– Strongman – Belgian Strong Dark – This started our Brewer’s Reserve Series and is surely one that will be offered again. A gorgeous deep brown beer with ruby highlights to showcasing it’s complexity. Fruit flavors of raisins, plums, dates, and dark cherries are balanced out with spicy Belgian yeast flavors and alcohol warmth. A very drinkable beer considering it’s size. ABV 10.3%, IBUs 35
– Hawg Wash – Belgian Pale Ale – ABV 4.75%, IBUs 22
– Skeeter Bite – Weizenbock – ABV 7.5%, IBUs 22
– Dirt Dauber – Roggenbier – A limited, seasonal offering for the fall of 2008. A weizen nose with grainy, clove, and spicy flavors dominating the fruitiness experienced in other familiar weizens; ABV 4.7% IBUs 18
– Federale – Ancho Chile Brown Ale – ABV 5.2%, IBUs 34
As you can see, GPB are making a concerted effort to be transparent about the brewing process and business practices. From the sounds of it, they seem like the place to frequent when in Birmingham.
Hurricane Brewing Company: We found a link to a website online, but it was just a test page. However, solid reviews on PubCrawler.com indicate that this place might be worth a visit if you’re ever down in the deep South. In a statement by the brewery dating 11/26/2006, we discovered the following:
“A new brewpub is coming back to Dauphin Street in downtown Mobile, Alabama. Hurricane Brewing is scheduled to open December 2006 with a Grand Opening just after the New Year. Remodeling is almost complete and the building looks great and will have a more open common pub atmosphere. It is more than just a coat of paint; new kitchen and bar equipment, new air conditioners, and NEW LOCAL OWNERS and MANAGEMENT. The only relic is the fully operational brewhouse and former brewer, Todd Hicks, who will be brewing up some of his favorite English ales and lagers. Thank you all, and please come visit.” – Todd G. Hicks, Brewer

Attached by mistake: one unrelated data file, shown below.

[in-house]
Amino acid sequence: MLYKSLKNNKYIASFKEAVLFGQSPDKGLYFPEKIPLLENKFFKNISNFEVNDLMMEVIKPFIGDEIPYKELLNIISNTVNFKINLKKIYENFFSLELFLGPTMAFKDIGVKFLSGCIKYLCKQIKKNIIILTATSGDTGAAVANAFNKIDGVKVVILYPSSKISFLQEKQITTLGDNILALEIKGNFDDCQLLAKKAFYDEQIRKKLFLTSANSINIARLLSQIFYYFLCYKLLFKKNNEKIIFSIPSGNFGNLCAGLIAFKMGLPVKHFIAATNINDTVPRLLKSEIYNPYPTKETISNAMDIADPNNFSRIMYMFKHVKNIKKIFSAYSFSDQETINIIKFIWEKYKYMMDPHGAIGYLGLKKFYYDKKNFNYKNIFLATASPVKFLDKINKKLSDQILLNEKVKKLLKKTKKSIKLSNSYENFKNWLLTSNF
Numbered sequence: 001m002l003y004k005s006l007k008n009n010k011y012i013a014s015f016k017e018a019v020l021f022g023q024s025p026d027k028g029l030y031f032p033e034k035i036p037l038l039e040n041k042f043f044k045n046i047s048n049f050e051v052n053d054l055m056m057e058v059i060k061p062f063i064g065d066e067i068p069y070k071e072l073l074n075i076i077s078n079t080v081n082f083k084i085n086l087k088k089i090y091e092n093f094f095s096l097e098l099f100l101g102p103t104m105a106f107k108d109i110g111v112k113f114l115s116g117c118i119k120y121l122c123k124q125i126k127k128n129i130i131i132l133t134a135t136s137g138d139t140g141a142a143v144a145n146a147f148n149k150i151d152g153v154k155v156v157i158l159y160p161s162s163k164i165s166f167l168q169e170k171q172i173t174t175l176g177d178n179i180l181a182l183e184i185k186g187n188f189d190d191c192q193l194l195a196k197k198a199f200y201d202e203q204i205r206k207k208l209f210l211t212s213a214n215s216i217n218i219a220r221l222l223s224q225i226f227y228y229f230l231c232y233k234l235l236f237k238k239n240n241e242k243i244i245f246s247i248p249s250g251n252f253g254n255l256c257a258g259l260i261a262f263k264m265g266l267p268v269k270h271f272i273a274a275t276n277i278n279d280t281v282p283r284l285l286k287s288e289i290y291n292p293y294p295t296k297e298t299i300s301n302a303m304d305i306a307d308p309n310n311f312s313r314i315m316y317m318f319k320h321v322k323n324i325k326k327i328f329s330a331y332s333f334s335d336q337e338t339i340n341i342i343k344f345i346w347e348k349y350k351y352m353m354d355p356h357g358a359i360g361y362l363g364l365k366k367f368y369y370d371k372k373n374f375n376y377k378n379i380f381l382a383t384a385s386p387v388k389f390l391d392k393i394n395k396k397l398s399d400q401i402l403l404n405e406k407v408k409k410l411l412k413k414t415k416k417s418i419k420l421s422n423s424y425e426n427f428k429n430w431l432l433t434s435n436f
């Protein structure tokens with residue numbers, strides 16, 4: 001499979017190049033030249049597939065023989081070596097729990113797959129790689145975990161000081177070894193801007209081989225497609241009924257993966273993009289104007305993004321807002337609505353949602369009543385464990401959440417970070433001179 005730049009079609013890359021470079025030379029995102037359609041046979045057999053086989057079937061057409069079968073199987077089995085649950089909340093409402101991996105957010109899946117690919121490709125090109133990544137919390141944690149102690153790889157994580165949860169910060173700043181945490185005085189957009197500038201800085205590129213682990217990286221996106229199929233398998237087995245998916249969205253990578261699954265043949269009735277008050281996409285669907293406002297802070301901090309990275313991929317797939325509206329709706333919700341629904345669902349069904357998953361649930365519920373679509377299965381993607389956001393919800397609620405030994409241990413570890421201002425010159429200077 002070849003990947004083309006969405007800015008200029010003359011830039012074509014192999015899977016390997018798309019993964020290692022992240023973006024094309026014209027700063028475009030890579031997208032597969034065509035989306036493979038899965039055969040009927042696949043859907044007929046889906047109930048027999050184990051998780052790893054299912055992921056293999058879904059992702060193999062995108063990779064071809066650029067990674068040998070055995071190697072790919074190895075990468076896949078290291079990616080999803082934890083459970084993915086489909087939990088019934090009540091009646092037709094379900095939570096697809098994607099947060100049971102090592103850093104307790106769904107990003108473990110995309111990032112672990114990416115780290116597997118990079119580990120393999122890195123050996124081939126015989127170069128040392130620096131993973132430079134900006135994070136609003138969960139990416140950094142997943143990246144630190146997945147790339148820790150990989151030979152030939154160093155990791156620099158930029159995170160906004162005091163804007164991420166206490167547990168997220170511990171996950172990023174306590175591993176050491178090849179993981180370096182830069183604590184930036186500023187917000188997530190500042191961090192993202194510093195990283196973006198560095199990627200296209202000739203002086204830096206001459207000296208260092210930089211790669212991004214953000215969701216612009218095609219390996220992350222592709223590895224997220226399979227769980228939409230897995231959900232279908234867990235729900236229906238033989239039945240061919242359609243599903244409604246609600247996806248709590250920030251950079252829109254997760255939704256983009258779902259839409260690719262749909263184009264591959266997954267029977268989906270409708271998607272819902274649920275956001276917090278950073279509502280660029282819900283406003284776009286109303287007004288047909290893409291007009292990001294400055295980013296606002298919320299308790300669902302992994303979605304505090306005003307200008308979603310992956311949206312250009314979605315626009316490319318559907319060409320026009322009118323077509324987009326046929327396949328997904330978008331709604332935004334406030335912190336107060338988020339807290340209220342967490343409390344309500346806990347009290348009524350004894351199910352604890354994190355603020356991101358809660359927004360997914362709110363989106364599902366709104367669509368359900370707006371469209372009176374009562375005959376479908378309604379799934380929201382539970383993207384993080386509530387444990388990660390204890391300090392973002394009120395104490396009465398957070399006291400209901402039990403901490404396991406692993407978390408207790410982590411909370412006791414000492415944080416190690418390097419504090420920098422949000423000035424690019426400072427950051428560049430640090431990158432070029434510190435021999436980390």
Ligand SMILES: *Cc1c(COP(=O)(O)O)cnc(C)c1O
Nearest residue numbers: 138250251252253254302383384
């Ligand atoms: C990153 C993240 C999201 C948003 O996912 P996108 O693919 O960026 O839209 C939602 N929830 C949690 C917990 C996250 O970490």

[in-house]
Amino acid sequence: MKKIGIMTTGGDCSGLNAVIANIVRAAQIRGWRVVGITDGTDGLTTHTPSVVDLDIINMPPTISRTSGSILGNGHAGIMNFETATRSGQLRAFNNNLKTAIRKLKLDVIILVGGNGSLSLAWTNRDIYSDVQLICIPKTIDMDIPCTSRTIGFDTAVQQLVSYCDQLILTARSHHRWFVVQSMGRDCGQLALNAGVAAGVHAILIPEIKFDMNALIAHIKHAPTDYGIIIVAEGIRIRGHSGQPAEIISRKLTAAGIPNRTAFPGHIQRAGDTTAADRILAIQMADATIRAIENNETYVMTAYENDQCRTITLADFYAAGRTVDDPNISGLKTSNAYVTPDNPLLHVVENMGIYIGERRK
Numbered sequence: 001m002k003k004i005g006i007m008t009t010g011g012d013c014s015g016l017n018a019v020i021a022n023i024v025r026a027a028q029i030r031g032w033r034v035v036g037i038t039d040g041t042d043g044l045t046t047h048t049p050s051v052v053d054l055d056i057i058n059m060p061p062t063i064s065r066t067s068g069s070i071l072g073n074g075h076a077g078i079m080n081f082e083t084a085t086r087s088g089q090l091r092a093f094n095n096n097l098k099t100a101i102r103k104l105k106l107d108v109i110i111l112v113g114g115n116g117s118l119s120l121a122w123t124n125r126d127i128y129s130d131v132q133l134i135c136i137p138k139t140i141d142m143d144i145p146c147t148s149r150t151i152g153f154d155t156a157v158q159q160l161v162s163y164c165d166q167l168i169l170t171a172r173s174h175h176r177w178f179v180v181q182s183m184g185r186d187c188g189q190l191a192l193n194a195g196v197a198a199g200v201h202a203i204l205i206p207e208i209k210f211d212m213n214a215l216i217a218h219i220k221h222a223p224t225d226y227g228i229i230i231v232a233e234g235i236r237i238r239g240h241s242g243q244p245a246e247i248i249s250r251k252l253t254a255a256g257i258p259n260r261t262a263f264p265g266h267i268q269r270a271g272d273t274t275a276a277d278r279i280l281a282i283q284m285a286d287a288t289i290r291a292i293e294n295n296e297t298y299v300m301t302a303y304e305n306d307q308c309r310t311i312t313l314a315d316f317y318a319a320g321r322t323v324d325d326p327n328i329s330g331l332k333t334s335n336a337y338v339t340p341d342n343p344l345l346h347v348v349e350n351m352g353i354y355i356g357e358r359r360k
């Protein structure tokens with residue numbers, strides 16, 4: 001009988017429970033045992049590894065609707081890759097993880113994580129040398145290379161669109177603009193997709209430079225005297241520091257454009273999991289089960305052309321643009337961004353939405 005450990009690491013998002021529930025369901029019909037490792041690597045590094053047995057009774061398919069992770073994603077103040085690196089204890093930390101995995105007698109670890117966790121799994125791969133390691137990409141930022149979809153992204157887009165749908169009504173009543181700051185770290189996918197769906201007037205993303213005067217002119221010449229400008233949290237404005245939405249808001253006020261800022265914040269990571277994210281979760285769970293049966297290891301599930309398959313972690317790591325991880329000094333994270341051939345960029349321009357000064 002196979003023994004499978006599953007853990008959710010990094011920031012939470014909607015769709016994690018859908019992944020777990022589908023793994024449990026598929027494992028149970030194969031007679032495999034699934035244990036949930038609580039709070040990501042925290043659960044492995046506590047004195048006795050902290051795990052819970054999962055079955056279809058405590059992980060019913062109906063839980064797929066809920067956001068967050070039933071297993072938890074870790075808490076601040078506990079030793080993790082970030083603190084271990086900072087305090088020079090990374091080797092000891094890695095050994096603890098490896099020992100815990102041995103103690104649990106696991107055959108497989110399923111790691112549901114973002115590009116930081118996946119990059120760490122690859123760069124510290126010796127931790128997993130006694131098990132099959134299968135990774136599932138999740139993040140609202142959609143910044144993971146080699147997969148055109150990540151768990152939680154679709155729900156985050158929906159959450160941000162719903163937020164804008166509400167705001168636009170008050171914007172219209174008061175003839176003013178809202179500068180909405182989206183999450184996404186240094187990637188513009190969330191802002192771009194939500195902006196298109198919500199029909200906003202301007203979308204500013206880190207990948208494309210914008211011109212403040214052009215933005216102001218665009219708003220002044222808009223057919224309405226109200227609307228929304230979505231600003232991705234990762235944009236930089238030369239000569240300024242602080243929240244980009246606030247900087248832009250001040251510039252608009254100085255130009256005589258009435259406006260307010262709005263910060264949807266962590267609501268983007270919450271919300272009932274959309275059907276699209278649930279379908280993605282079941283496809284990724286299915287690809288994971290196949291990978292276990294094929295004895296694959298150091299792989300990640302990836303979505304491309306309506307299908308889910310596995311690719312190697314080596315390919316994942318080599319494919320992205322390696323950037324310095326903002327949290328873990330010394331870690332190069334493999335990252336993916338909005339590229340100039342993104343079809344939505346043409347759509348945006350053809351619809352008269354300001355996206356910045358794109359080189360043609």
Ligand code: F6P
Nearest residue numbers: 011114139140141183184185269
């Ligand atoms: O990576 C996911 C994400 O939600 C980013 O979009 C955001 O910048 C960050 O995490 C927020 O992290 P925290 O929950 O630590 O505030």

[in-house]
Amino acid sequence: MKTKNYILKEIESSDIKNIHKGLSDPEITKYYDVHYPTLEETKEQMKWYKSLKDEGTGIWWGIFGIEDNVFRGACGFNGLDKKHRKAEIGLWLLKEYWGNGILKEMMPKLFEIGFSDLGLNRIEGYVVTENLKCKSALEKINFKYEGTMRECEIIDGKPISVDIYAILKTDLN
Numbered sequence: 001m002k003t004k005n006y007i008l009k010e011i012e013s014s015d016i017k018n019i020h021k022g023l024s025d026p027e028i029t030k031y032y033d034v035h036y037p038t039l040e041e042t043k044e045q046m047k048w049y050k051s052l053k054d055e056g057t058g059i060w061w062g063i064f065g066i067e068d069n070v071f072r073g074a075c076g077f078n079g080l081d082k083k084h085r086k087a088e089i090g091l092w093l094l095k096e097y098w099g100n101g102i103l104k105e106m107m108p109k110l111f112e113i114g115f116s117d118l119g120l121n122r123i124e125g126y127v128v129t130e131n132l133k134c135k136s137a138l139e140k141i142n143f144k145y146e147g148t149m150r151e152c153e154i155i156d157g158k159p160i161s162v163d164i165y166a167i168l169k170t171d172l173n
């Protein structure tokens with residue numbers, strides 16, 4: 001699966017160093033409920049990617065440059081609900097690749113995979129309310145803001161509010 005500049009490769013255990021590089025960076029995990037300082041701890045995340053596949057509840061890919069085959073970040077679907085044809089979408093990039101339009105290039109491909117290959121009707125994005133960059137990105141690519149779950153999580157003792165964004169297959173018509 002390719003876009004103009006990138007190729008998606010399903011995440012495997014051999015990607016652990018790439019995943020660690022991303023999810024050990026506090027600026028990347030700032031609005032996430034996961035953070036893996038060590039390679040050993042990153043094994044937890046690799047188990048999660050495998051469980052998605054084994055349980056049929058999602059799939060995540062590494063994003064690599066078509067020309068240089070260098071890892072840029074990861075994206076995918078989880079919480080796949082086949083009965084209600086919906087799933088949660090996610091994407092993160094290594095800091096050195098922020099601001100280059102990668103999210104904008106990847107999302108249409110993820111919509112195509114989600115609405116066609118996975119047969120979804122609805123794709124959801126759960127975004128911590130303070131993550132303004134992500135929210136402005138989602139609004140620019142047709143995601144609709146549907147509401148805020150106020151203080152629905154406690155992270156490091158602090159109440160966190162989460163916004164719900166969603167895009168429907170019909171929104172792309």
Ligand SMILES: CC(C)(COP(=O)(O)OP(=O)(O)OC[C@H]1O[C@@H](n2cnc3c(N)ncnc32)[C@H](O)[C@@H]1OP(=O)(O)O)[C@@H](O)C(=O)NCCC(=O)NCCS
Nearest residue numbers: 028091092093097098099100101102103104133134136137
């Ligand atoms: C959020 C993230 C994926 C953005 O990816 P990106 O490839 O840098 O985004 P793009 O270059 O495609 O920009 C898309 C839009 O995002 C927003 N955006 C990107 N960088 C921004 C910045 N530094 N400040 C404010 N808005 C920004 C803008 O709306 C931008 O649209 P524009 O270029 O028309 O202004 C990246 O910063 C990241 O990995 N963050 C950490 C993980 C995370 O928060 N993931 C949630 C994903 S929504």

Follow up reviews reveal brews like The Insurance Adjuster PA, Flying Debris, ESB, Storm Surge Oatmeal Stout, Irish Porter, Amber, and a Golden Lager. All point to good beers, decent food, and great service. So now you know were to go when in Mobile.
Montgomery Brewing Company: We suppose if you’re going to take the leap and brew craft beer in Alabama, you’d better know what you’re doing. It definitely sounds like these cats do. Taking a pride in the history of brewing, their website proclamates:
“The first recorded history of beer brewing in Montgomery cited Charles E. Hall as the founder of the original Montgomery Brewing Company. His brewery was located at the foot of North Hull Street just a few blocks from here. Prohibition put poor Charles out of business in 1919. But in 1992, acknowledging the micro brewery renaissance, Alabama passed its Brewpub Act with the intent of revitalizing Alabama’s historic districts, thus allowing The Montgomery Brewing Company to open on October 27, 1995.”
Known as “the Brewpub” in town, Montgomery Brewpub remains in a historic building built in 1913. Well respected for the great food, the beers have won national acclaim as well. The brewery proudly took home a silver medal at the 2008 Great American Beer Fest for their Goat Hill Pale Ale. Brewer Jaime Ray also produces a standard lineup of the following American favorites:
Montgomery Blonde Ale: “You won’t believe this is a light beer! Our lightest beer – this “enlightened” Old Montgomery Blonde, our best selling ale, will quench the largest thirst and leave one savoring the smooth clean flavor and fresh Czech Saaz hopped finish.”
Riverboat Red: Riverboat Red: “Named after Montgomery’s former river boat The Betsy Ann , has caramel malts that leave your palate with a clean, slightly sweet malty flavor. Mild hops contribute to the smooth balance with a slight fruity-floral finish. Mark Twain would be proud of this one.”
Wipe Out Stout & Old World Porter: “(These) are our darkest, richest, and most flavorful ales. With dark caramel malts, expensive English hops, and ample amounts of chocolate and black Patent malts, these ales leave your palate with a complex malty-coffee flavor. Guaranteed to satisfy your biggest taste buds.”
Olde Towne Brewing Company: We found the following information from Wikipedia: